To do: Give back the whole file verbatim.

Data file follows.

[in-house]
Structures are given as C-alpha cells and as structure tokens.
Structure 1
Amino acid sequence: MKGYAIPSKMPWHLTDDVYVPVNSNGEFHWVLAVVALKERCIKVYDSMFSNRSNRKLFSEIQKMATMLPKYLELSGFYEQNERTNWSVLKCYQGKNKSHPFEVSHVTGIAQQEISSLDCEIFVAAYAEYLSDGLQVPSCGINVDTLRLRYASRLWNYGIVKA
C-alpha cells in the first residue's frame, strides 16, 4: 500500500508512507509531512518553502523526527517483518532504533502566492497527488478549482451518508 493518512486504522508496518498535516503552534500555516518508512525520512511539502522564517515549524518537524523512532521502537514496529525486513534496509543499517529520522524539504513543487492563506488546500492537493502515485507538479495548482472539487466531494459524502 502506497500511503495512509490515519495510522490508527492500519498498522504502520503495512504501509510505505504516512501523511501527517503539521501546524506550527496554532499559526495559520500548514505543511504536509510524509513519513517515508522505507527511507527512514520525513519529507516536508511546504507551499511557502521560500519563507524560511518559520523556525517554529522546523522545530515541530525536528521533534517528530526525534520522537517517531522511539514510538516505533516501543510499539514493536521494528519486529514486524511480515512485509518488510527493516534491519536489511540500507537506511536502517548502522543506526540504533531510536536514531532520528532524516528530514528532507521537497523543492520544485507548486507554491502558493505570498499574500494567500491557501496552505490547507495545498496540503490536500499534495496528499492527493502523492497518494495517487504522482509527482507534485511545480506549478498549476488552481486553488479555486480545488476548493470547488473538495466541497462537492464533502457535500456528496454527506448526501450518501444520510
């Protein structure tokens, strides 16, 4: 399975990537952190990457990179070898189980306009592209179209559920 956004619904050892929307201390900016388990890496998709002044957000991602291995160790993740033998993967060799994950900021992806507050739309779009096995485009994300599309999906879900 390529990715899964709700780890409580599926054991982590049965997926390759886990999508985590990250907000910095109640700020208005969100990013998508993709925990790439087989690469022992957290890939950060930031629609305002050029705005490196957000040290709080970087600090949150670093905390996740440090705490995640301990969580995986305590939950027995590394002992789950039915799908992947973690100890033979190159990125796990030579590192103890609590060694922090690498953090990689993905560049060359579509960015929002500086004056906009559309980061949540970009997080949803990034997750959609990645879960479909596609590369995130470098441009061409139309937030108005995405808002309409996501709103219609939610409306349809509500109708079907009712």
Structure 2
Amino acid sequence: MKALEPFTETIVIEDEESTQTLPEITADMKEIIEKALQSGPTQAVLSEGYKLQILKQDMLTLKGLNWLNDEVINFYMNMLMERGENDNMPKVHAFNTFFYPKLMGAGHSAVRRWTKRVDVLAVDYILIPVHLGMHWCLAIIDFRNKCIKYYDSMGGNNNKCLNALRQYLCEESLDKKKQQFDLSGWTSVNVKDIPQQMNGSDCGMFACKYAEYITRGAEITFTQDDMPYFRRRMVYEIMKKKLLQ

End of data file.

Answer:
[in-house]
Structures are given as C-alpha cells and as structure tokens.
Structure 1
Amino acid sequence: MKGYAIPSKMPWHLTDDVYVPVNSNGEFHWVLAVVALKERCIKVYDSMFSNRSNRKLFSEIQKMATMLPKYLELSGFYEQNERTNWSVLKCYQGKNKSHPFEVSHVTGIAQQEISSLDCEIFVAAYAEYLSDGLQVPSCGINVDTLRLRYASRLWNYGIVKA
C-alpha cells in the first residue's frame, strides 16, 4: 500500500508512507509531512518553502523526527517483518532504533502566492497527488478549482451518508 493518512486504522508496518498535516503552534500555516518508512525520512511539502522564517515549524518537524523512532521502537514496529525486513534496509543499517529520522524539504513543487492563506488546500492537493502515485507538479495548482472539487466531494459524502 502506497500511503495512509490515519495510522490508527492500519498498522504502520503495512504501509510505505504516512501523511501527517503539521501546524506550527496554532499559526495559520500548514505543511504536509510524509513519513517515508522505507527511507527512514520525513519529507516536508511546504507551499511557502521560500519563507524560511518559520523556525517554529522546523522545530515541530525536528521533534517528530526525534520522537517517531522511539514510538516505533516501543510499539514493536521494528519486529514486524511480515512485509518488510527493516534491519536489511540500507537506511536502517548502522543506526540504533531510536536514531532520528532524516528530514528532507521537497523543492520544485507548486507554491502558493505570498499574500494567500491557501496552505490547507495545498496540503490536500499534495496528499492527493502523492497518494495517487504522482509527482507534485511545480506549478498549476488552481486553488479555486480545488476548493470547488473538495466541497462537492464533502457535500456528496454527506448526501450518501444520510
């Protein structure tokens, strides 16, 4: 399975990537952190990457990179070898189980306009592209179209559920 956004619904050892929307201390900016388990890496998709002044957000991602291995160790993740033998993967060799994950900021992806507050739309779009096995485009994300599309999906879900 390529990715899964709700780890409580599926054991982590049965997926390759886990999508985590990250907000910095109640700020208005969100990013998508993709925990790439087989690469022992957290890939950060930031629609305002050029705005490196957000040290709080970087600090949150670093905390996740440090705490995640301990969580995986305590939950027995590394002992789950039915799908992947973690100890033979190159990125796990030579590192103890609590060694922090690498953090990689993905560049060359579509960015929002500086004056906009559309980061949540970009997080949803990034997750959609990645879960479909596609590369995130470098441009061409139309937030108005995405808002309409996501709103219609939610409306349809509500109708079907009712």
Structure 2
Amino acid sequence: MKALEPFTETIVIEDEESTQTLPEITADMKEIIEKALQSGPTQAVLSEGYKLQILKQDMLTLKGLNWLNDEVINFYMNMLMERGENDNMPKVHAFNTFFYPKLMGAGHSAVRRWTKRVDVLAVDYILIPVHLGMHWCLAIIDFRNKCIKYYDSMGGNNNKCLNALRQYLCEESLDKKKQQFDLSGWTSVNVKDIPQQMNGSDCGMFACKYAEYITRGAEITFTQDDMPYFRRRMVYEIMKKKLLQ